Middle East studies in the News
Interview with Palestinian Professor Rashid Khalidi
THE PALESTINIANS: "We already have a one-state solution"
Q. Let's talk about the Palestinians. Why has the Arab Spring passed them by? And do you think the two-state solution is still possible? Your detractors say that you would not be unhappy about such a development
A. Anyone who is an advocate of the two state solution has to tell me how a forty plus year old process can be reversed. That process, even since Meron Benvenisti starting talking about it in the late eighties, hasn't changed one bit. No Israeli government has ever stopped it. I mean Rabin did a little bit, but that's it. It's inexorable – the bulldozers never stop.
Explain to me how a two state solution is compatible with the continuation of that dynamic. Your newspaper chronicles better than most the rise of that ideology and how it has taken over institutions of the state, one by one, including the army, how the imperatives of this movement, which used to be Harav Kook and a few people in the Revisionist movement who had never been in power – you could count them on the fingers of your hand in 1967 – are now sitting on top of a bulldozer that will never stop, unless somebody stops it. Anyone who's interested in a two state solution – an Israeli, an American, a Palestinian or an Arab – has to explain to me how that process can be reversed, or how the continuation of that process indefinitely into the future is compatible with what anyone would call a "state" can come about in the occupied territories. This is a value-free assessment.
Q. Well people will tell you that with a five per cent swap, with a ten percent swap – it is still feasible. But obviously they are not going to stop it while…you know there was an attempt by the Obama administration..
A. I'm not talking about a settlement freeze. That's not what's at issue. I'm talking about how you uproot what I call "the settlement-industrial complex", which is not 500 or 600 hundred thousand in the occupied West Bank and in Occupied Arab East Jerusalem, it's the hundreds of thousands in government and in the private sector whose livelihoods and bureaucratic interests are linked to the maintenance of control over the Palestinians, in the finance ministry, collecting taxes, the people who work for these companies that control these data bases, every Palestinian is on these multiple data bases, four million people, how many entries, how many highly paid software engineers, how many programmers, how many consultants, how many executives – we're talking hundreds of thousands of people. Most of them live prosperous lives right near the Mediterranean and wouldn't go near the occupied territories if their lives depended on it. But their lives and their livelihoods are utterly bound up with the people who live on the West Bank and, to the extent possible, with those who live in Gaza.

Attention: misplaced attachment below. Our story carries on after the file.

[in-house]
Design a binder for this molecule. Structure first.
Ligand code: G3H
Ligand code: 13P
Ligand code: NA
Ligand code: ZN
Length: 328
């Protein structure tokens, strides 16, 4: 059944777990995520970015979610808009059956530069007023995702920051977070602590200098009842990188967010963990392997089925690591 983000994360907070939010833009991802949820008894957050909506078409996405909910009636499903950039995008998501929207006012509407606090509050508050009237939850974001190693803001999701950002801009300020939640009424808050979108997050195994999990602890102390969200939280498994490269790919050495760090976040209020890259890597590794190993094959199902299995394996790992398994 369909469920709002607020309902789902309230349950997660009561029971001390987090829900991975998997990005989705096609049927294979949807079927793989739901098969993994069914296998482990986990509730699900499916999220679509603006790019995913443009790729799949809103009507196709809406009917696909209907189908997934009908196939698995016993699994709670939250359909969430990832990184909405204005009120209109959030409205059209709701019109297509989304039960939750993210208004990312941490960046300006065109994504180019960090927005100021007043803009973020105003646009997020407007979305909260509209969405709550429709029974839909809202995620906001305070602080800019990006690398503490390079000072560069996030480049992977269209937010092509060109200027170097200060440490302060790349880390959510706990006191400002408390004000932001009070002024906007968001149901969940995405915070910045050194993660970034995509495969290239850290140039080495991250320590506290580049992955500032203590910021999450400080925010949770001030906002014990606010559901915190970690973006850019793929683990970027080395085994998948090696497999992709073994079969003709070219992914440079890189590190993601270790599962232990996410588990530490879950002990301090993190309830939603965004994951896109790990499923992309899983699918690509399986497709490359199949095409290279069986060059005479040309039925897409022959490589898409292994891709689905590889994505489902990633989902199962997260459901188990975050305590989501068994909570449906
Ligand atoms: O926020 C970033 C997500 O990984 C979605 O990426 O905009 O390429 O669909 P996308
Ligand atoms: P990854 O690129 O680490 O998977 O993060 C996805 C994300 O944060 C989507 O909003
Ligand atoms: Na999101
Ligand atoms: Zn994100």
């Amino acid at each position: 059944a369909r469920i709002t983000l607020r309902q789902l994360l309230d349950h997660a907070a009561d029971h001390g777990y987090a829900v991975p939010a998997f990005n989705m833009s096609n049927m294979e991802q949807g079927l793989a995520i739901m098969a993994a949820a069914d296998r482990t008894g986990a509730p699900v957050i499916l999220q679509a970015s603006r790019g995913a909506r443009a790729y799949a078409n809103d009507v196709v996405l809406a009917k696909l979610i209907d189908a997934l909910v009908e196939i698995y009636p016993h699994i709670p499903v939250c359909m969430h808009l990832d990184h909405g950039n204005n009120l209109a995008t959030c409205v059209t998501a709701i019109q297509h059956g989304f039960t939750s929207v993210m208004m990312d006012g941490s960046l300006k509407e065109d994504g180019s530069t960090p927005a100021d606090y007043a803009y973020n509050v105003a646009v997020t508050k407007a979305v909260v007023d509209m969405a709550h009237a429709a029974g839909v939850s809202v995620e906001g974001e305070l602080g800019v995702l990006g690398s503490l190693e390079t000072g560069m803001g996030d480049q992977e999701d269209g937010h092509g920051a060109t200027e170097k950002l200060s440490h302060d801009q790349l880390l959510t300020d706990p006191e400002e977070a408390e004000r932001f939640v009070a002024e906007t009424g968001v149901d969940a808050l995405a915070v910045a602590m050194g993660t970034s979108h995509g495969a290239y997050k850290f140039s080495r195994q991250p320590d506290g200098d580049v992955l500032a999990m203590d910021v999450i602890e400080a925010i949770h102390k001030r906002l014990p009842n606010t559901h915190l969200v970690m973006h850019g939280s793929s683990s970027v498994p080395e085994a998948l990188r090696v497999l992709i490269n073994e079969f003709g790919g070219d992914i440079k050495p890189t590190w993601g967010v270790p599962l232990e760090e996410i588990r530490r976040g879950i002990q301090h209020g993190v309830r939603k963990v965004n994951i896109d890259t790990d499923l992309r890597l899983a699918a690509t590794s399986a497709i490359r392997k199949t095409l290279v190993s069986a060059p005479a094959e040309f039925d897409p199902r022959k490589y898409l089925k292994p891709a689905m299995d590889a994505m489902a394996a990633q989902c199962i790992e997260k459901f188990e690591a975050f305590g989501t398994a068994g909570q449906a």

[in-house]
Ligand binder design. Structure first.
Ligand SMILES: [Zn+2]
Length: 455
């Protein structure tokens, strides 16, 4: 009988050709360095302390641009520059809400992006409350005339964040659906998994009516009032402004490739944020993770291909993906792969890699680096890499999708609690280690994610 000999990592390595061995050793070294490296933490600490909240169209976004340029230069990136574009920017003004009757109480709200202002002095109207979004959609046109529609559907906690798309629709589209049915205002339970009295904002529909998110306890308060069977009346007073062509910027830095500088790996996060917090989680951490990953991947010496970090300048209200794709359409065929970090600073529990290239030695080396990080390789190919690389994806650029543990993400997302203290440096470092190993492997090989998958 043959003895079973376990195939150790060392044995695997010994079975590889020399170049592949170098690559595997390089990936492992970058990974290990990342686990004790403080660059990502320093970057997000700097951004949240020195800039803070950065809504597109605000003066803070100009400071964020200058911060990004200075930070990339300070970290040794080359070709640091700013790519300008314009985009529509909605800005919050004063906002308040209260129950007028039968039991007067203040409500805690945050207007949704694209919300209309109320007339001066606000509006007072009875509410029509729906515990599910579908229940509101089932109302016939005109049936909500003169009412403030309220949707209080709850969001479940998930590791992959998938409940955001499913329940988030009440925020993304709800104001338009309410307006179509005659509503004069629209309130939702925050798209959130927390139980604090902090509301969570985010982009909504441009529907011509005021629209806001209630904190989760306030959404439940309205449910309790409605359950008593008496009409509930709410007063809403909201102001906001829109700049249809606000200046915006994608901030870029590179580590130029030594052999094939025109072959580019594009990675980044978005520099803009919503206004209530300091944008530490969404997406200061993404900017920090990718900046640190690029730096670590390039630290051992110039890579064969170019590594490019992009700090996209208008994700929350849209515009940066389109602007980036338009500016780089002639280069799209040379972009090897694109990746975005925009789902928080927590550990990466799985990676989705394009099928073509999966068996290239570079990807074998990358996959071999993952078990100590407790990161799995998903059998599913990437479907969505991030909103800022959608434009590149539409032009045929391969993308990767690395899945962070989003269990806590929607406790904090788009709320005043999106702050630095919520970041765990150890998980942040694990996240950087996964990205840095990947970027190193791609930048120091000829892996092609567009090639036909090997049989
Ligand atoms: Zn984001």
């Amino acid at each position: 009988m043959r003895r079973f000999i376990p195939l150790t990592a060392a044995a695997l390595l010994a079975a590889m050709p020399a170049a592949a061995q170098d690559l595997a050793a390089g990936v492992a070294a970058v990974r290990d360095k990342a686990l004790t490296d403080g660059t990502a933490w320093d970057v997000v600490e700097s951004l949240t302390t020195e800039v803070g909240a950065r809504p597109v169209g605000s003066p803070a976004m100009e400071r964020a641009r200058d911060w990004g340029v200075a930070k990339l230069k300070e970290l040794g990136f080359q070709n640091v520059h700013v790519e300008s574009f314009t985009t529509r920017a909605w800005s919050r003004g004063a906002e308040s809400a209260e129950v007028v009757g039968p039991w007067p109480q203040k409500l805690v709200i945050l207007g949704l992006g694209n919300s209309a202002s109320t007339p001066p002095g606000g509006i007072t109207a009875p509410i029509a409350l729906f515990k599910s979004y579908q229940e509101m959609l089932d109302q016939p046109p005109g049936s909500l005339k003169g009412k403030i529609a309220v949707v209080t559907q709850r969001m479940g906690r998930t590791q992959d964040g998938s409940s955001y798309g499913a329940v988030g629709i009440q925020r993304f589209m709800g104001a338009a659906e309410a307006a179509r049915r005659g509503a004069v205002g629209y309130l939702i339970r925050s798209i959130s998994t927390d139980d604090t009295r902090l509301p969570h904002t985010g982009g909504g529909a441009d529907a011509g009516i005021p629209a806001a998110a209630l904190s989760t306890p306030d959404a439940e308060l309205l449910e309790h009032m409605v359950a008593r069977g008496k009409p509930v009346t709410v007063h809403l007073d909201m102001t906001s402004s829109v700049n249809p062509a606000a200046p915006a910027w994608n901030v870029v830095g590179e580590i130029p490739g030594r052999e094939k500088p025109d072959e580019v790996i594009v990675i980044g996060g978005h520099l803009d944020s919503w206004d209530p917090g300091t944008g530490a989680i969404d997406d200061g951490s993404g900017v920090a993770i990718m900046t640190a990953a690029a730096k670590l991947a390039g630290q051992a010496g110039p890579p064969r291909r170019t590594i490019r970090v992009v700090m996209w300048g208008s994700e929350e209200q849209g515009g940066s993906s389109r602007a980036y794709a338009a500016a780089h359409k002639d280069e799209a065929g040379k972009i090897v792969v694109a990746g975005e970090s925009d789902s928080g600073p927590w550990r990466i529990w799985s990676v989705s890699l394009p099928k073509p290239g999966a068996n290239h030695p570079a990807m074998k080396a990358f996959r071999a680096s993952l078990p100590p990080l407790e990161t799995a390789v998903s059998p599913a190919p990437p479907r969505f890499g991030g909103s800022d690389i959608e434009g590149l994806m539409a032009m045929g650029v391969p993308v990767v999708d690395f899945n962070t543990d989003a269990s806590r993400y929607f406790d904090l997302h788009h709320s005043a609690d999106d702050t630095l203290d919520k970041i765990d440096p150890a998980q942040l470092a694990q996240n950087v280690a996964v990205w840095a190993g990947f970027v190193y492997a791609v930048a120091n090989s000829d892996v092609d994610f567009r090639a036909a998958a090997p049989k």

I'd love to see an Israeli politician with the courage to deal with those issues. I haven't seen one. So I'm not saying it can't happen – the late Tony Judt once said "anything that one politician has done another politician can undo" – I can see it's conceivable to have a two state solution, but I also see a dynamic…this is not a dynamic that depends on this American president, this is a wider dynamic.
Q. Do you personally support a two state solution?
A. If it was possible? I think it would be real way station towards a just resolution of this conflict.
Q. You say a way station. That is a codeword, you know. So it would not mean the end of conflict.
A. It's a way station, because a two-state solution will not resolve is the fact that there are not just four million Palestinians in the occupied territories and another million or million and a half inside Israel, there are several million other Palestinians. Now some of those Palestinians are perfectly integrated into where they live, and all they might want is a passport and a vacation home or a burial plot – but they have rights, and they have aspirations and they have weight in Palestinian politics. I don't see how a two-state solution that is the final and sole resolution according to Israel's vision, in which nobody comes back to Israel proper - is going to solve all of this.